Martial arts demonstration in front of the king at Shuri Castle
While there are some anecdotes about Ryūkyū Kings and karate, like the ones relating to Matsumura Sōkon, martial arts related events mentioning specific areas of Shuri Castle are rare.
In 1866 was held the Sakuho ceremony of the last king of the Ryūkyū, Shō Tai. The following year, as the ceremony was completed successfully, a celebration was held at Uchaya Udun. Following the event, a karate and kobujutsu performance was held in front of the king in front of “Akata Ujō” gate.
(This event was introduced by curator Mrs. Sakihara Kyōko during a 2019 karate-related historic site tour. She also pinpointed that based on prewar records on Shuri Castle, the “Akata Ujō” gate originally referred to the “Bifukumon” gate and later the “Keiseimon” gate.)
To support this historical fact, the records “Tāfākū” of Kumemura – Kume Village mentions the program “Sanruchu Narabi Shogei Bangumi” which included martial arts demonstrations performed at the Uchaya Udun palace in Sakiyama in March 1867 and the later demonstration in front of the king.
Reference: “After proceeding according to the various programs and finishing by 7 o’clock, flagpoles were raised and a tug-of-war procession was formed in Kumemura in order to welcome the Sanruchu performers. Reaching Sakiyama Baba, the performers fully dressed joined in the procession to really create a Kumemura on parade. On the way back, they approached Akata Ujō where the king had hanged a script on the gate and was resting. Through the king’s envoy, the performers were asked to once again demonstrate their martial skills. As told, they performed 5 demonstrations in the street in front of the gate for the lord’s leisure. They then went back to Kumemura living from Tennōji, passing through the town and exiting from Shimo Ayajō (1).” (“Collection of writings of Shimabukuro Zenpatsu”, published in 1956.)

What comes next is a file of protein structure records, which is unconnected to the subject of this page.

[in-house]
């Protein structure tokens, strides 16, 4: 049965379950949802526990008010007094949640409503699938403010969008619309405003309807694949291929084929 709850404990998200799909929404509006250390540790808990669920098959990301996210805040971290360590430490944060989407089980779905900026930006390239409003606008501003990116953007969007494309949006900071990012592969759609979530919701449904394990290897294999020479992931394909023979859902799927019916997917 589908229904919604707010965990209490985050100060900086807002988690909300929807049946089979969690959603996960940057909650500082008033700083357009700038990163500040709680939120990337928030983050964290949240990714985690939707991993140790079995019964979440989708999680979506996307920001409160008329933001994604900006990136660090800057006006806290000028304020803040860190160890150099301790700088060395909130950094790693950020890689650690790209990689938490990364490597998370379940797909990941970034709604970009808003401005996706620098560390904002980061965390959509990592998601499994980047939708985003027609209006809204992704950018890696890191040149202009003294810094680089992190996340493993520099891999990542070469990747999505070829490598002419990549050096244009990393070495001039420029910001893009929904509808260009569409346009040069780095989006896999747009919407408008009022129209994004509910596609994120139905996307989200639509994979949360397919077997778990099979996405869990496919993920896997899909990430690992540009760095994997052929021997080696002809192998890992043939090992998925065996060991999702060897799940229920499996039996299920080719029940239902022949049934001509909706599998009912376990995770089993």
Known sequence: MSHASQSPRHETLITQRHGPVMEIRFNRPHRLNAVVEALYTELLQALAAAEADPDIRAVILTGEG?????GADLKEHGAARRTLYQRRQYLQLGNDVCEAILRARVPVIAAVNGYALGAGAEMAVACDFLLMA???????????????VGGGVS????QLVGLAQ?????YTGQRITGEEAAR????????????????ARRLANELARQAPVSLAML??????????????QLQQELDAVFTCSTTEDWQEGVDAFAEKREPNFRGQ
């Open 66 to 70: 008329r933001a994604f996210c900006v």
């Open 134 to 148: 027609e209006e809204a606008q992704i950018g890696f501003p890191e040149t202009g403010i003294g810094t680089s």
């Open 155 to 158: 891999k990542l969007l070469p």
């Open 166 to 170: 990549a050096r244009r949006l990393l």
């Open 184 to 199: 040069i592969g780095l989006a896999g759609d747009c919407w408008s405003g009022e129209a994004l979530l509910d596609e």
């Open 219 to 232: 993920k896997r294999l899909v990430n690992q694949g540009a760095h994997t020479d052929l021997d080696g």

Keiseimon (upper photo in orange) and Bifukumon (lower image in blue)
These two gates are located on the east side of Shuri castle and are considered back gates.
(Source: Shuri Castle Guided Tour 12th episode “Keiseimon and Bifukumon” https://www.youtube.com/watch?v=3lHcdPHnm8I)
(1) Tennōji was a Rinzai sect temple during the Ryūkyū Kingdom era where the Shō queen was later enshrined. The site of the temple is located close to where the Shuri Church stands today, not far from Shuri Tonokura Post Office.
During the Ryūkyū Kingdom era, the road from Naha Port, the gateway to the sea, to Shuri Castle via Sogenji Temple in Tomari was the most famous public road in the kingdom. In particular, the wide road centered between “Shimo Ayajō” (another name for Chuzanmon gate– approximately where stand the store Shuri Ryusen next to Shuri Senior High School) and “Ui no Ayajō” (another name for Shureimon gate) was called “Ayajō Ufumichi”.
(Source: Naha City Museum of History, translation by OKIC)